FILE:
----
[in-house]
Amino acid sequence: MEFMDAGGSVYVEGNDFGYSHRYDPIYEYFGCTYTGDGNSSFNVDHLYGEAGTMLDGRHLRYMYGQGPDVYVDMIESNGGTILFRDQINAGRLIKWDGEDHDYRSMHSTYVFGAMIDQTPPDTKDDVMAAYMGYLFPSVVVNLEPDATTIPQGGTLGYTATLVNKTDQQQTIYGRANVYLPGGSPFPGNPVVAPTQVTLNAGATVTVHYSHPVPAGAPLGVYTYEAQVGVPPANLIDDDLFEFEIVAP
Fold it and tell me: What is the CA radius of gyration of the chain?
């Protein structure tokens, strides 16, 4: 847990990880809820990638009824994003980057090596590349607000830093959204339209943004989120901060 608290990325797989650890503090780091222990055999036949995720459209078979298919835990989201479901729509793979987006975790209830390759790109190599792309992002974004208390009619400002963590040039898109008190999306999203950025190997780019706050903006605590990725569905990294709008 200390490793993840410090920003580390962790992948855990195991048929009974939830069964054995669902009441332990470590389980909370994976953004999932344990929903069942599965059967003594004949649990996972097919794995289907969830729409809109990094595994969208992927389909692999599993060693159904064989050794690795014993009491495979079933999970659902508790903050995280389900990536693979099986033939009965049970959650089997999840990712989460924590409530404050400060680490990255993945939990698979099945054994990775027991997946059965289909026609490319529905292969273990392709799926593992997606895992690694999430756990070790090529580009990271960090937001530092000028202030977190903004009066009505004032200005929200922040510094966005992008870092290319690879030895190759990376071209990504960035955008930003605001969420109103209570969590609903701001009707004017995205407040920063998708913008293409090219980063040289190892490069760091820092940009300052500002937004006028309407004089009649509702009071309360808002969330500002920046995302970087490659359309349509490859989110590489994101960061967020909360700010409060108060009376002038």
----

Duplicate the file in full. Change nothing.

[in-house]
Amino acid sequence: MEFMDAGGSVYVEGNDFGYSHRYDPIYEYFGCTYTGDGNSSFNVDHLYGEAGTMLDGRHLRYMYGQGPDVYVDMIESNGGTILFRDQINAGRLIKWDGEDHDYRSMHSTYVFGAMIDQTPPDTKDDVMAAYMGYLFPSVVVNLEPDATTIPQGGTLGYTATLVNKTDQQQTIYGRANVYLPGGSPFPGNPVVAPTQVTLNAGATVTVHYSHPVPAGAPLGVYTYEAQVGVPPANLIDDDLFEFEIVAP
Fold it and tell me: What is the CA radius of gyration of the chain?
């Protein structure tokens, strides 16, 4: 847990990880809820990638009824994003980057090596590349607000830093959204339209943004989120901060 608290990325797989650890503090780091222990055999036949995720459209078979298919835990989201479901729509793979987006975790209830390759790109190599792309992002974004208390009619400002963590040039898109008190999306999203950025190997780019706050903006605590990725569905990294709008 200390490793993840410090920003580390962790992948855990195991048929009974939830069964054995669902009441332990470590389980909370994976953004999932344990929903069942599965059967003594004949649990996972097919794995289907969830729409809109990094595994969208992927389909692999599993060693159904064989050794690795014993009491495979079933999970659902508790903050995280389900990536693979099986033939009965049970959650089997999840990712989460924590409530404050400060680490990255993945939990698979099945054994990775027991997946059965289909026609490319529905292969273990392709799926593992997606895992690694999430756990070790090529580009990271960090937001530092000028202030977190903004009066009505004032200005929200922040510094966005992008870092290319690879030895190759990376071209990504960035955008930003605001969420109103209570969590609903701001009707004017995205407040920063998708913008293409090219980063040289190892490069760091820092940009300052500002937004006028309407004089009649509702009071309360808002969330500002920046995302970087490659359309349509490859989110590489994101960061967020909360700010409060108060009376002038």